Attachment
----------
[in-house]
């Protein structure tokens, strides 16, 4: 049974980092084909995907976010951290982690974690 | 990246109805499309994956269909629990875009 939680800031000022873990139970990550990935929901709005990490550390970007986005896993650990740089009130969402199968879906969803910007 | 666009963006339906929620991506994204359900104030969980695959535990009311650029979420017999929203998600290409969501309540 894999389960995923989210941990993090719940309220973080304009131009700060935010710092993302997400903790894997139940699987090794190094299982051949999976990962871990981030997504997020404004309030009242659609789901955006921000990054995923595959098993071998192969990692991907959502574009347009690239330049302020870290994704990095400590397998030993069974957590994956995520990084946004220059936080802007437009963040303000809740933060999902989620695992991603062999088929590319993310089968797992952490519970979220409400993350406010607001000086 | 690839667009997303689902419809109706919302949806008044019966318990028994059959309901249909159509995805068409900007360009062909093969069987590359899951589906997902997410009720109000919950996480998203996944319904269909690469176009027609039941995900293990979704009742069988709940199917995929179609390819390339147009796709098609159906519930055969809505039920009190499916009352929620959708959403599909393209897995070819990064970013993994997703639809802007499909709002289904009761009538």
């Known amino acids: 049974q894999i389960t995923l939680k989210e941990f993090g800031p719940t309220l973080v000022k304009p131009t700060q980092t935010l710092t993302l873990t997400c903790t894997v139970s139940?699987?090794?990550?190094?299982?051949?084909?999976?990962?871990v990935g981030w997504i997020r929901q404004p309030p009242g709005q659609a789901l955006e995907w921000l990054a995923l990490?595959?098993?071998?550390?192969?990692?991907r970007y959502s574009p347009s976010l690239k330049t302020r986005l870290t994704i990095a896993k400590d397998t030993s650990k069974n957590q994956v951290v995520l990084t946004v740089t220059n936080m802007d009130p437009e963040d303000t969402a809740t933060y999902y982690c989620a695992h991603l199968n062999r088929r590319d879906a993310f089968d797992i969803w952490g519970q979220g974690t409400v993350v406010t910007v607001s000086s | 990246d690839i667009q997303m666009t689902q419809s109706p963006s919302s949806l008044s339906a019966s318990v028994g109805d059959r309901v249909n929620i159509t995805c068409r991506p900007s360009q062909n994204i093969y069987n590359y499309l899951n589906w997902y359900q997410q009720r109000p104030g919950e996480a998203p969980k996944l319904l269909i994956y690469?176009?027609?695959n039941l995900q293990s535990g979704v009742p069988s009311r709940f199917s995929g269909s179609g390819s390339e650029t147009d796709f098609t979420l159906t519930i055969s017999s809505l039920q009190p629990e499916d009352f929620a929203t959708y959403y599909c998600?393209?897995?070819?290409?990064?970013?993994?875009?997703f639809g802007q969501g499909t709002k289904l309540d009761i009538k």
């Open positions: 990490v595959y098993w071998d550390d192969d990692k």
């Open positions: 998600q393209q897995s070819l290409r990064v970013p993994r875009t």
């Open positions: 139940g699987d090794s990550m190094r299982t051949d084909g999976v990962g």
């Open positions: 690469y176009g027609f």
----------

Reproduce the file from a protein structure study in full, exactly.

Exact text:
[in-house]
């Protein structure tokens, strides 16, 4: 049974980092084909995907976010951290982690974690 | 990246109805499309994956269909629990875009 939680800031000022873990139970990550990935929901709005990490550390970007986005896993650990740089009130969402199968879906969803910007 | 666009963006339906929620991506994204359900104030969980695959535990009311650029979420017999929203998600290409969501309540 894999389960995923989210941990993090719940309220973080304009131009700060935010710092993302997400903790894997139940699987090794190094299982051949999976990962871990981030997504997020404004309030009242659609789901955006921000990054995923595959098993071998192969990692991907959502574009347009690239330049302020870290994704990095400590397998030993069974957590994956995520990084946004220059936080802007437009963040303000809740933060999902989620695992991603062999088929590319993310089968797992952490519970979220409400993350406010607001000086 | 690839667009997303689902419809109706919302949806008044019966318990028994059959309901249909159509995805068409900007360009062909093969069987590359899951589906997902997410009720109000919950996480998203996944319904269909690469176009027609039941995900293990979704009742069988709940199917995929179609390819390339147009796709098609159906519930055969809505039920009190499916009352929620959708959403599909393209897995070819990064970013993994997703639809802007499909709002289904009761009538």
């Known amino acids: 049974q894999i389960t995923l939680k989210e941990f993090g800031p719940t309220l973080v000022k304009p131009t700060q980092t935010l710092t993302l873990t997400c903790t894997v139970s139940?699987?090794?990550?190094?299982?051949?084909?999976?990962?871990v990935g981030w997504i997020r929901q404004p309030p009242g709005q659609a789901l955006e995907w921000l990054a995923l990490?595959?098993?071998?550390?192969?990692?991907r970007y959502s574009p347009s976010l690239k330049t302020r986005l870290t994704i990095a896993k400590d397998t030993s650990k069974n957590q994956v951290v995520l990084t946004v740089t220059n936080m802007d009130p437009e963040d303000t969402a809740t933060y999902y982690c989620a695992h991603l199968n062999r088929r590319d879906a993310f089968d797992i969803w952490g519970q979220g974690t409400v993350v406010t910007v607001s000086s | 990246d690839i667009q997303m666009t689902q419809s109706p963006s919302s949806l008044s339906a019966s318990v028994g109805d059959r309901v249909n929620i159509t995805c068409r991506p900007s360009q062909n994204i093969y069987n590359y499309l899951n589906w997902y359900q997410q009720r109000p104030g919950e996480a998203p969980k996944l319904l269909i994956y690469?176009?027609?695959n039941l995900q293990s535990g979704v009742p069988s009311r709940f199917s995929g269909s179609g390819s390339e650029t147009d796709f098609t979420l159906t519930i055969s017999s809505l039920q009190p629990e499916d009352f929620a929203t959708y959403y599909c998600?393209?897995?070819?290409?990064?970013?993994?875009?997703f639809g802007q969501g499909t709002k289904l309540d009761i009538k």
């Open positions: 990490v595959y098993w071998d550390d192969d990692k």
């Open positions: 998600q393209q897995s070819l290409r990064v970013p993994r875009t």
């Open positions: 139940g699987d090794s990550m190094r299982t051949d084909g999976v990962g």
């Open positions: 690469y176009g027609f």